Promise of risk elimination and precision for avionics

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The aerospace industry survives on precision and the reliability of its processes. Everything that happens on the shop floor needs to be fool proof and fail proof, every single component manufactured has to meet stringent quality standards. Nothing is ever taken for granted in aerospace. Aerospace also constantly finds itself having to meet new safety regulations and process protocols from Governments around the world.

Zeiss metrology systems featured at Redington3D have been the ally of many companies in the aerospace sector for their sheer capability in precision scanning that leaves no room for error.

Some of the areas that the aerospace industry takes help from our featured 3D measuring systems include

  • Quality Control/inspection
  • Precision part geometry
  • Aerodynamics/stress analysis
  • OEM and legacy part reengineering
  • Reverse engineering (assembly/MRO, gas turbines, engine bays, nacelles, cockpits)
  • MRO and damage assessment
  • Prototype, tooling and mold adjustment
  • Design and engineering of aircraft components and assembly
  • Simulation and verification of wind tunnels and climate chambers


These 3D scanners are always ready for you be your task tooling, jig or fixture alignment, part inspection, surface analysis, 3D modelling or as-built documentation for plant layout. No one understands the highly competitive, high risk, high value and quality demanding an industry like aerospace like a Zeiss does. These scanning systems have been guiding transitions in the aerospace industry in craft construction, simulation, quality control, statistical analysis and digital information transfer, aero assembly, safety and reliability for defence and space exploration avionics and so much more. These 3D scanning systems are involved with every instance of aeronautics every day, helping with issues such as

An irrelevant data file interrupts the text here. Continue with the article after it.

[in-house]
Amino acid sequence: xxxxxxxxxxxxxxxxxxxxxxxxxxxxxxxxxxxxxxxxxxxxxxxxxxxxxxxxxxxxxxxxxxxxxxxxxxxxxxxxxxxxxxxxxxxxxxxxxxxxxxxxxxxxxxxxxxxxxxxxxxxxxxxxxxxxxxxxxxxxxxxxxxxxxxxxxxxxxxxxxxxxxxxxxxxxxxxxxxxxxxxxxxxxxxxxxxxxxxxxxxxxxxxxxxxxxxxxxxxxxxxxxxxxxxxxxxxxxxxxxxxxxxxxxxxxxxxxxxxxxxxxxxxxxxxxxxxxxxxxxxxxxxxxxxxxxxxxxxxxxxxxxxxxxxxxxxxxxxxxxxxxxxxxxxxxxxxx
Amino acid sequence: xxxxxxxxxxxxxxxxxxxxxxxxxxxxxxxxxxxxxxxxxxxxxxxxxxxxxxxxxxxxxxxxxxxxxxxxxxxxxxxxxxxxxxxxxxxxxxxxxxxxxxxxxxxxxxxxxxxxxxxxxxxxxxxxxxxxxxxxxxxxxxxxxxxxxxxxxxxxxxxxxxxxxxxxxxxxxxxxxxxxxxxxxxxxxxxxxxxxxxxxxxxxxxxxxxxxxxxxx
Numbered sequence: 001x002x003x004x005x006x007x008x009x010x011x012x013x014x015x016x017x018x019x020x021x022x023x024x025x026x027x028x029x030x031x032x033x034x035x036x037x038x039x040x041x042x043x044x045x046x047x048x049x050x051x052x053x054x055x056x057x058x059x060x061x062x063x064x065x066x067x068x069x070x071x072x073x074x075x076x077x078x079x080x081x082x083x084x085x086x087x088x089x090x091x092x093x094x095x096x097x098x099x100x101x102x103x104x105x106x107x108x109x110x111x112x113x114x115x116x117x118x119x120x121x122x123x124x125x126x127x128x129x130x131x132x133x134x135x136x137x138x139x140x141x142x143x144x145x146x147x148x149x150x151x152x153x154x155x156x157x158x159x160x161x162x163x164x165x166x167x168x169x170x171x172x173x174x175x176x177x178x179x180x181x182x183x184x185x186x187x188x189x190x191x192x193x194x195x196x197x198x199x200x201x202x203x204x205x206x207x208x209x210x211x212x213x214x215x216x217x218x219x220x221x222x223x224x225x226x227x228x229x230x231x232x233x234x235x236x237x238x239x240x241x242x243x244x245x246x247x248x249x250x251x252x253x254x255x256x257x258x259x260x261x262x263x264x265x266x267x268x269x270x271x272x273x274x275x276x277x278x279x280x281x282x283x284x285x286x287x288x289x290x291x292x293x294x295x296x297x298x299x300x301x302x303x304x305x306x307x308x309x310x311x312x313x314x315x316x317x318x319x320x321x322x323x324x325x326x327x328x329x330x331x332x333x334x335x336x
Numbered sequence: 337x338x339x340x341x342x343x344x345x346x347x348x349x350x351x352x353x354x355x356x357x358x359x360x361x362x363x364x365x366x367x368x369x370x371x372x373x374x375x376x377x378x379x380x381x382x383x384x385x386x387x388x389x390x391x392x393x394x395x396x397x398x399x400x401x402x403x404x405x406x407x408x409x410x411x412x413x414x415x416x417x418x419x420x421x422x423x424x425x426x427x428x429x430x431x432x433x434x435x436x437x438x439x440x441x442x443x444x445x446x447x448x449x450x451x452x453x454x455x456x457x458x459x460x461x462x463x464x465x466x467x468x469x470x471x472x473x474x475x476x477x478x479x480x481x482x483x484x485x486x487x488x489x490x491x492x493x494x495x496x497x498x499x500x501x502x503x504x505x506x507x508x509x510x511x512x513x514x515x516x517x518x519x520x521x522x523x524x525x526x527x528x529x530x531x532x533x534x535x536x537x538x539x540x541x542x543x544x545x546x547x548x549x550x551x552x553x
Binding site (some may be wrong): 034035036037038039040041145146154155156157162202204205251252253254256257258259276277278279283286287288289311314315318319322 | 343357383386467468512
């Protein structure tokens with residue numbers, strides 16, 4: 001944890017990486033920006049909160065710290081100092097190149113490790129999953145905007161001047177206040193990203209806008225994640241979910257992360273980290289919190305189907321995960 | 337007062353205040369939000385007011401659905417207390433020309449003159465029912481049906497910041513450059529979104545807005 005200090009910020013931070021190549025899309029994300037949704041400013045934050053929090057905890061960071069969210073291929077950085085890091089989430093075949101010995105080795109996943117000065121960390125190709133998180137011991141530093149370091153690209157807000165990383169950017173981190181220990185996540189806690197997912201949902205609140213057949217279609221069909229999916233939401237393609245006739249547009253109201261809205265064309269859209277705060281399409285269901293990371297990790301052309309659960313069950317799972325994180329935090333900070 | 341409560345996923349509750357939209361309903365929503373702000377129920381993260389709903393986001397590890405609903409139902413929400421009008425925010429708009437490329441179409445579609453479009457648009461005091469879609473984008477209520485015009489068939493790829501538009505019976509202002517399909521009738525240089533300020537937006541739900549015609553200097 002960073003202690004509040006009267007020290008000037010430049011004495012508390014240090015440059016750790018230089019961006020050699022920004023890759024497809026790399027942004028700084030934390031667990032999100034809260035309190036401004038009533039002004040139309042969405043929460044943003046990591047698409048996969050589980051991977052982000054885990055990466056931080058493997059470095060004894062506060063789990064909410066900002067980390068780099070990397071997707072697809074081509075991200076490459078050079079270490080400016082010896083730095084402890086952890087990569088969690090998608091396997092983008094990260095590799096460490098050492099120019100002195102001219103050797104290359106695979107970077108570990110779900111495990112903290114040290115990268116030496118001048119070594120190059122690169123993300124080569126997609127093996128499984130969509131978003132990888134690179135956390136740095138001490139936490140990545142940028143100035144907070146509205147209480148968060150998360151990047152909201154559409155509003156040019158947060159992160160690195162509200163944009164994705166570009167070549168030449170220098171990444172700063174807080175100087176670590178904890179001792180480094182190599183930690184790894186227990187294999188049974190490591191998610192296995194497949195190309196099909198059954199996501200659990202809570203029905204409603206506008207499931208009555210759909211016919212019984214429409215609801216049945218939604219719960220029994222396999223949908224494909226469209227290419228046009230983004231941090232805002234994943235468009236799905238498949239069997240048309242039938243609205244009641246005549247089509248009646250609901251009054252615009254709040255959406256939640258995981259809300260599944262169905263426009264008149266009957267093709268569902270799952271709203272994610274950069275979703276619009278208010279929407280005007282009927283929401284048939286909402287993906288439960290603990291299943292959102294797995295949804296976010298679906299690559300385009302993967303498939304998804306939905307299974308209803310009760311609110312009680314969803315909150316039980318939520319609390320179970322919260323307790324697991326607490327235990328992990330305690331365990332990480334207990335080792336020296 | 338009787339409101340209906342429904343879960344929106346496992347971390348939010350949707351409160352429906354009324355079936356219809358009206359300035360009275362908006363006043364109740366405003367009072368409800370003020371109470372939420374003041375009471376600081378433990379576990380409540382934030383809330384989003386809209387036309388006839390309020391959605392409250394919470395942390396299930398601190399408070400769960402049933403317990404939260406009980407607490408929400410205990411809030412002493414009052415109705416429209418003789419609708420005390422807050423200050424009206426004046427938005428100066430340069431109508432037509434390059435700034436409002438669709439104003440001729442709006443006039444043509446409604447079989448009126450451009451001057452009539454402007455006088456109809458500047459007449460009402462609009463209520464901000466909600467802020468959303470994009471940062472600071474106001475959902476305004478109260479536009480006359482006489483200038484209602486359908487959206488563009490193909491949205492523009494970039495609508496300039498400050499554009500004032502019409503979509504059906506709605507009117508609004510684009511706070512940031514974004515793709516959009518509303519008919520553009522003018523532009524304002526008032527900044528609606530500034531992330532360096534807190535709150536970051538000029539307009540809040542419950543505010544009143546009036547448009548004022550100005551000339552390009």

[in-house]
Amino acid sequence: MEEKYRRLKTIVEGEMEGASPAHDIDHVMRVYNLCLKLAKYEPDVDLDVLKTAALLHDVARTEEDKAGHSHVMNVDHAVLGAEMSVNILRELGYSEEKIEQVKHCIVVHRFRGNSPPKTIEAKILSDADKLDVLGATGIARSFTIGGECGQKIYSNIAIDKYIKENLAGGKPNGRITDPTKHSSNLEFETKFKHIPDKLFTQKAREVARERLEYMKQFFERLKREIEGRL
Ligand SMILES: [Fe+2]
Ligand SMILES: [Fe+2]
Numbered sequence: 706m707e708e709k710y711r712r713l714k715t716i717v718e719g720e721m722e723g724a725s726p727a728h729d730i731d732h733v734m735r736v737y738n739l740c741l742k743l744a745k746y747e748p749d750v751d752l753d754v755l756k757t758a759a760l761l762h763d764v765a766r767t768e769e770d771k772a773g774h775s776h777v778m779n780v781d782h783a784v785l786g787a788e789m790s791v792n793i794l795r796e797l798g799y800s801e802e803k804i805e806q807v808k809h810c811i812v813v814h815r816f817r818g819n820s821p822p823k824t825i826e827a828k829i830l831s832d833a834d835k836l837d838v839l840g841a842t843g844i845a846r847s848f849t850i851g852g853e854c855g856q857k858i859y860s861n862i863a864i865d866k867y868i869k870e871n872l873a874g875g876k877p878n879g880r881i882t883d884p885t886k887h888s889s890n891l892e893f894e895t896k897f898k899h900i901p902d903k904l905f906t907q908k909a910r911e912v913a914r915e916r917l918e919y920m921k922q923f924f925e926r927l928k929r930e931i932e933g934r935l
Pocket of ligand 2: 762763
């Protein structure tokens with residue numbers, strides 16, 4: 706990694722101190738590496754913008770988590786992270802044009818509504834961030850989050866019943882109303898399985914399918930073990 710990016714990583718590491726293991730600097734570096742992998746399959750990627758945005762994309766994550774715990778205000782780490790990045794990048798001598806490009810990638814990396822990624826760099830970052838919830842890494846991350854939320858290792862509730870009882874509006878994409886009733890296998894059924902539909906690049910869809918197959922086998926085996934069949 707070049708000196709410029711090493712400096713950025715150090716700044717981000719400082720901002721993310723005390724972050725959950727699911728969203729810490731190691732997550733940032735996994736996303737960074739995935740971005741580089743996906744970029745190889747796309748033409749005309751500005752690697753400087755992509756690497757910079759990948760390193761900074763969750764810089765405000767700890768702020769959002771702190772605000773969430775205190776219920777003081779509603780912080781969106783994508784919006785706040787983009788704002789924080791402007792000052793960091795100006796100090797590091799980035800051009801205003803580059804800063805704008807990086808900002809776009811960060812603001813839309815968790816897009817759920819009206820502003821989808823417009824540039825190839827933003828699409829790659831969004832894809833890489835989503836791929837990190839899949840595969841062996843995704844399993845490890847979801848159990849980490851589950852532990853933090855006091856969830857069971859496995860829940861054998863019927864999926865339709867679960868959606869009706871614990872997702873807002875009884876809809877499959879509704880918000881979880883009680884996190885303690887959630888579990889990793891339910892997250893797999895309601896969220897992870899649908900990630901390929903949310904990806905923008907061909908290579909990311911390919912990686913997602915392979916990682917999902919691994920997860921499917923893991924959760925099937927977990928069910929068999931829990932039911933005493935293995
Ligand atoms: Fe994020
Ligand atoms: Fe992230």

• 3D modelling for phased-array inspections
  • assessment of hail damage on aircrafts
  • assisted assembly – assessing “As-Built Conditions” where simulations and virtual assembly operations help arrive at the right design adjustments and pre-calculations of assembly positions, creating appropriate spaces for new parts, etc.
  • assisted assembly for manufacturing processes
  • maintenance where scanning helps measure warping or wear and tear
  • part-to-CAD inspection of samples, especially free-form and complex shapes
  • production compliance inspections
  • testing and adjustment of design tooling during the initial stages of a new process


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